The fact that icy bodies should exist relatively close to the Sun was surprising, according to Andreas Nathues. “But Ceres’ low average density cannot be explained in any other way than by a high proportion of water,” says the Max Planck researcher. Other bodies, such as the asteroid Themis – whose diameter of around 200 kilometres makes it significantly smaller than Ceres (equator diameter: 974 kilometres) – turned out in recent years to be at least partially covered with ice.

Dawn had already visited the Vesta asteroid four years ago – a rocky world, very probably without any ice. What differences do the two asteroids exhibit from the perspective of the onboard cameras? “The seven colour filters of the Framing Cameras provide us with a very sensitive measuring instrument for the spectral differences,” says Nathues. “And these are considerable. Vesta’s surface is much brighter than Ceres’ surface for the most part and has strong absorption lines at a wavelength of around 1000 nanometres, while Ceres has a steep drop in the violet and ultraviolet light below 450 nanometres. The corresponding drop in brightness with Vesta is much more moderate.”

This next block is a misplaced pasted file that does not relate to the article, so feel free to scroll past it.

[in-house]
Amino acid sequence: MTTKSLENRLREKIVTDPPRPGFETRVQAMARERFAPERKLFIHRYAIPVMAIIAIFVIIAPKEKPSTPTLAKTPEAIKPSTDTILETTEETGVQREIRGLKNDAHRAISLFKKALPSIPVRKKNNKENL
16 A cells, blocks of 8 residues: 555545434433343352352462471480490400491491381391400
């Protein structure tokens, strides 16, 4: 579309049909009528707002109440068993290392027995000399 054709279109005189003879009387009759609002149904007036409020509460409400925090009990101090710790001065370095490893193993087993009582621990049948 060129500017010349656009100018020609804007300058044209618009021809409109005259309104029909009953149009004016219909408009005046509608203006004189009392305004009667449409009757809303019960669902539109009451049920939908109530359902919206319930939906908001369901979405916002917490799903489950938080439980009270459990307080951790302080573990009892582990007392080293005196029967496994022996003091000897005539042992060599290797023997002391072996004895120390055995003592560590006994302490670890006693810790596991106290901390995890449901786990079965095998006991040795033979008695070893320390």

What causes this so-called UV drop-off with Ceres must still be brought to light by further analyses. The indications that it consists partly of ice become particularly clear if the images of Ceres are looked at through the eyes of a geologist. These images show comparatively young landscapes, for example the walls of some impact basins that have become significantly flatter throughout geological ages.